As if you actually died in that dream and woke up dead. Shadows of untangling vines tumble toward the ceiling. A delicate lizard sits on your shoulder, its eyes blinking in every direction. And when you lean forward and present your hands to the basin of water, and glimpse the glass face that is reflected there, it seems perfectly at home beneath the surface, about as unnatural as nature forcing everyone to face the music with so much left to do, with everything that could be done better tomorrow, to dance the slow shuffle of decay. Only one season becoming another, continents traveling the skyway, the grass breathing. And townspeople, victims, murderers, the gold-colored straw and barbed-wire hair of the world wafting over the furrows, the slashed roads to the door of your office or into the living room. The towel is warm and cool, soft to the touch, but in another dream altogether a screen door creaks open, slams shut, and across the valley a car's headlights swing up and over. And maybe you are the driver with both hands on the wheel, humming a tune nobody's ever heard before, or maybe the woman on the edge of the porch, grown quiet from fleeing, tough as nails.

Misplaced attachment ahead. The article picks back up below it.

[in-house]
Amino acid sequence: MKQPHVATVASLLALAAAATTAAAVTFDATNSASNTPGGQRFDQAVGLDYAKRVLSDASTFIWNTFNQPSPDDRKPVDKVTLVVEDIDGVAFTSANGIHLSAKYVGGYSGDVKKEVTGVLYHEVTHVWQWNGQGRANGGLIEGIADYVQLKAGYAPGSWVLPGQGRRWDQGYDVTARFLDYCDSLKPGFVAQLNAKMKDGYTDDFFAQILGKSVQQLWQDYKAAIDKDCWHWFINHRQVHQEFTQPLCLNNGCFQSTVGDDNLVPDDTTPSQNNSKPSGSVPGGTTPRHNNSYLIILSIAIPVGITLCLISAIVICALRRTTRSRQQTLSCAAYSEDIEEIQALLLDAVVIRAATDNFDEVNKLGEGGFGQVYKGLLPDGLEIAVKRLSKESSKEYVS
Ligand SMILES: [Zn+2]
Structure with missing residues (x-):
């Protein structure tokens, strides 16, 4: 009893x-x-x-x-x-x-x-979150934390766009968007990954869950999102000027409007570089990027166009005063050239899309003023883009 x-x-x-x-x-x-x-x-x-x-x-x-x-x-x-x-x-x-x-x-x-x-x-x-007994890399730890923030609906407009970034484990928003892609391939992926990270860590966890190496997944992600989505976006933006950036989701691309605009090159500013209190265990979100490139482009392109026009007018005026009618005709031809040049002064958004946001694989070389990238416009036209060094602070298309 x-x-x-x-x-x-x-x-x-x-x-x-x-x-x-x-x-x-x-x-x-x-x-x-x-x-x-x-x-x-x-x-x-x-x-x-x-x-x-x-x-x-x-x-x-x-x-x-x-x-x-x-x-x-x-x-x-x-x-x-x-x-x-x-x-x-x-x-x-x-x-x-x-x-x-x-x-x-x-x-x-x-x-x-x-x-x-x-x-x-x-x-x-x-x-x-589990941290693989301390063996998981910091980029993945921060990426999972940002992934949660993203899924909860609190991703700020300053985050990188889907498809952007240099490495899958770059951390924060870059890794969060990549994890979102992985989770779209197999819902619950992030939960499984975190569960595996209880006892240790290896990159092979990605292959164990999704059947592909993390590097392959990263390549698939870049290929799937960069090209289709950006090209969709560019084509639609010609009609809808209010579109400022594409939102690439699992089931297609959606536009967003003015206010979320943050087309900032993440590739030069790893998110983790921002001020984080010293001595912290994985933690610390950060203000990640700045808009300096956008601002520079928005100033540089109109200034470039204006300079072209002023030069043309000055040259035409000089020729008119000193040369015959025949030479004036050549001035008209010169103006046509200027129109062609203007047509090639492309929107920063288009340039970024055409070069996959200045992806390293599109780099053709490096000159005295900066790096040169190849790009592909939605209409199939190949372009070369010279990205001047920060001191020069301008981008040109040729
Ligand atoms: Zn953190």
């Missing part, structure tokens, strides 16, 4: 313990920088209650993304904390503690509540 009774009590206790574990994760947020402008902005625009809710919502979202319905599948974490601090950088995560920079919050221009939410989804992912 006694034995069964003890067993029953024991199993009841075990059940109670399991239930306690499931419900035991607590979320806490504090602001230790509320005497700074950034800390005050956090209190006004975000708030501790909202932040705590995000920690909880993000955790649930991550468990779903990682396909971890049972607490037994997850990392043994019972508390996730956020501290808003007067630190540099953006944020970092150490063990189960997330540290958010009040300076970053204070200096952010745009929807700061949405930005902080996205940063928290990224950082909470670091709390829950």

From Neither World, published by Miami University Press. Copyright © 1995 by Ralph Angel. All rights reserved. Used with permission.